Don't get me wrong, I'm not saying that there aren't people who could do with watching their alcohol consumption, or more importantly, look at how their consumption affects others.  I'm not saying that alcohol related illness and alcoholism isn't present, indeed, I'd be a liar if I said I'm not directly affected sometimes.  Falsely feeding the general public with the idea that it is right to increase duty, because there is a wholesale problem, is tantamount to propaganda, but that is the message we will be given come The Budget.

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For information, if a pint of 4% beer is sold in a pub for £3, out of that, £0.71 goes to the exchequer in VAT and duty. If you have also paid 20% income tax, NI contributions etc3 you will have to have earned £3.75 "top line" to be able to afford that pint. Your £3 pint has earned the exchequer around £1.46. That's not including other taxes paid by the pub and the brewery in the form of their employees income taxes, duty on the fuel to transport the beer and many other hidden taxes. And that's now, just wait until The Budget.

1What is baffling is who are all these people who have lent the money in the first place.

2The reader my disagree. Perhaps if you have lost your job as a result of public spending cuts it is not unreasonable for you to think that a little more debt spread across the population to prevent hardship is reasonable. A valid point of view.

3The actually net amount anyone pays in income tax in complex. It depends on your circumstances but has to consider income tax, NI contributions both employee and the larger4 employers contributions offset against tax credits. I think 20% is a low estimate.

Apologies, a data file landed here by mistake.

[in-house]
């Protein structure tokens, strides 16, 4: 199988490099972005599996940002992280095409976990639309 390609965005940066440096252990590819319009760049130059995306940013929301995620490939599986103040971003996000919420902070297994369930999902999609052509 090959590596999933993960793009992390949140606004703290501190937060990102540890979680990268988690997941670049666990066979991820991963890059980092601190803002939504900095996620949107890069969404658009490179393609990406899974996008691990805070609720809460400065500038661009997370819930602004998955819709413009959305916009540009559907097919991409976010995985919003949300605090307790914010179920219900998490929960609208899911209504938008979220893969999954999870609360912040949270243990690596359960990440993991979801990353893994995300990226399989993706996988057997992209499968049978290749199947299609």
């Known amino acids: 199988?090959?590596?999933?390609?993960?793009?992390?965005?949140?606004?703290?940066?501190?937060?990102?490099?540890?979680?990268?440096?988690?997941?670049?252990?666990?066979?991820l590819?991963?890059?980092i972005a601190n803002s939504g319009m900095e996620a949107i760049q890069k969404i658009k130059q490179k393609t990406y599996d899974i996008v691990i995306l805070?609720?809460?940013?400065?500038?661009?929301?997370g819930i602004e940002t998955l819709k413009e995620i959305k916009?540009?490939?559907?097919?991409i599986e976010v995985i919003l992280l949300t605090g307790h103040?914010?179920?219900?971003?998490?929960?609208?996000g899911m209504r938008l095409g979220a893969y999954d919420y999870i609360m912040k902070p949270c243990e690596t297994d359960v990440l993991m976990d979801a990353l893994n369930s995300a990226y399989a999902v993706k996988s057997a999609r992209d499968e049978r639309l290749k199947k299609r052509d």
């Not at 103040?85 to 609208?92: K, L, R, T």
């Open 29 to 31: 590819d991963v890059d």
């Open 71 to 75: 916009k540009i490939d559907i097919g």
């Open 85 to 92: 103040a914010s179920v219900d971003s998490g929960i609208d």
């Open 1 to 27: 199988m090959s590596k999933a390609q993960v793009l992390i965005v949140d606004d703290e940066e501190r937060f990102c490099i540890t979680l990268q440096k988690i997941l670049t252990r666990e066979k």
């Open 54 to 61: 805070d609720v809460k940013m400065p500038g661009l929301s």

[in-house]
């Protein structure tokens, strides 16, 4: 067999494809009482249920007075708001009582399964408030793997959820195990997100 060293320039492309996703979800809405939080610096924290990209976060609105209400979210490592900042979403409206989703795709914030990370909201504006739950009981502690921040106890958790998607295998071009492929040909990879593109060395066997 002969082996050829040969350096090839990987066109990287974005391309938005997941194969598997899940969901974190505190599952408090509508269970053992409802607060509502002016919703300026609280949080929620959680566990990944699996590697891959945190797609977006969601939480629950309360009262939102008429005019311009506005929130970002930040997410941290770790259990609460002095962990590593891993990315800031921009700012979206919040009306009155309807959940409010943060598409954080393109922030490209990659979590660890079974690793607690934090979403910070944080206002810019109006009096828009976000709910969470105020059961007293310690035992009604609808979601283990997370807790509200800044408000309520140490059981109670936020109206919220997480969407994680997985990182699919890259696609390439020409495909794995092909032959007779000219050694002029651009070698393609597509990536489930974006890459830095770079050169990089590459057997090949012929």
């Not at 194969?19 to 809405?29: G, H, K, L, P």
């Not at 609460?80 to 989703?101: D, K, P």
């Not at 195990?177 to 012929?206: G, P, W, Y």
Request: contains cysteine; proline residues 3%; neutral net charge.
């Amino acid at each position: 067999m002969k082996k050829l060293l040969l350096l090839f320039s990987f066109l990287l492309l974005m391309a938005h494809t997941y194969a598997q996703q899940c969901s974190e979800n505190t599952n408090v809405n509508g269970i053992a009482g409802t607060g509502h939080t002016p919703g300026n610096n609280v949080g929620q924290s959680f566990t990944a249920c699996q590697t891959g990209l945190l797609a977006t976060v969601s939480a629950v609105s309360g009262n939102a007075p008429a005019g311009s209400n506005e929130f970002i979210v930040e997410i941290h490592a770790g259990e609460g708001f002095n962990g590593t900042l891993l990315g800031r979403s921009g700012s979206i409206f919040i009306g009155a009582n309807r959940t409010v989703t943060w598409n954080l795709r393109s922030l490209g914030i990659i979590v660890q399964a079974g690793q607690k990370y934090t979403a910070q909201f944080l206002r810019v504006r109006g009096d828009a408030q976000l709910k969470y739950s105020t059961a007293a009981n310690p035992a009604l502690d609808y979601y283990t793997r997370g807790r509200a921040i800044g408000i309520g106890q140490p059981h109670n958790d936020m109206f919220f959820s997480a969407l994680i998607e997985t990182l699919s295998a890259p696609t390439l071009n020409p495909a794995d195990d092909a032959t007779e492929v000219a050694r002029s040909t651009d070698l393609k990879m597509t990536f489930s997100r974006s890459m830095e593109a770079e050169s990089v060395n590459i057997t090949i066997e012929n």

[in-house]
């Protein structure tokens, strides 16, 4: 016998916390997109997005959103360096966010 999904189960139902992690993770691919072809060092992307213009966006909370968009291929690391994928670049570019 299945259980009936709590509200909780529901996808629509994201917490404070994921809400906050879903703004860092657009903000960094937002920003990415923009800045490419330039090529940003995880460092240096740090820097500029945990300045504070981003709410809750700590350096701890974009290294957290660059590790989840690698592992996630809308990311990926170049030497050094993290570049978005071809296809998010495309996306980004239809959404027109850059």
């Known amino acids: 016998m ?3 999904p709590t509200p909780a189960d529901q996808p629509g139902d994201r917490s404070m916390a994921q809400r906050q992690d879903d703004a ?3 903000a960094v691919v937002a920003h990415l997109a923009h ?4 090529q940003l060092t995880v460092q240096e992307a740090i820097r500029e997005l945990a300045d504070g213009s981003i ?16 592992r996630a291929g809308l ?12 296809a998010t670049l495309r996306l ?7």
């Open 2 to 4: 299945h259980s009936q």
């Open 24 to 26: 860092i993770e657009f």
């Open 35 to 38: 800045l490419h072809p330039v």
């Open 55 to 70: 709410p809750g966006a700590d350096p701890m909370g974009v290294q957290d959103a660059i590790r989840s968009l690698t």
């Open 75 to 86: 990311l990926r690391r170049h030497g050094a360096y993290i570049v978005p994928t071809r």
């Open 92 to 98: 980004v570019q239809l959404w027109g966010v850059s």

4no, not many people know that this tax on employing people is significant.

8 comments:

anon said...

Never a true'r word said. Maybe it's a case of the Portman Group giving the proverbial hand job to save them taking it in the arse at a later date.

Kristy said...

Ummmmm, call me silly but.... "Don't get me wrong, I'm not saying that there aren't people who could do with watching their alcohol consumption, or more importantly, look at how their consumption affects others.".....isn't that what Portman said??? Maybe I'm not so good at reading but what I read is Portman want an end to alcohol being abused so you appear to be in violent agreement to me!

The real problem is that currently duty is a blunt tool and that's what needs looking at. As you agree with Portman there is a problem in the UK with binge drinking that has to be addressed, one way would be to overhaul the duty system to incentivise lower alcohol production i.e beer. An end to the duty escalator is long overdue and what we need is a duty system that recognises the alcoholic strength of drinks.

The fact is Britons now pay 40% of all beer tax in Europe. UK rate is eight times higher than France, ten times higher than Spain and eleven times higher than in Germany - what we need is fair treatment for beer.

Dave Bailey said...

Hi Kristy, good to have you commenting.

I do not agree that there is any significant "binge drinking" problem. Humans have drink alcohol since we invented agriculture. It's as daft as the Government wanting to chastise us for wanting to have sex.

There will always be people who abuse alcohol. The current Government propaganda will solve nothing and indeed so long as there is a "you are all very naughty and too immature to understand" type of approach to alcohol it will continue to increase its forbidden fruit status.

I do not agree that The Portman Group should be agreeing with ridiculous statements from the Government.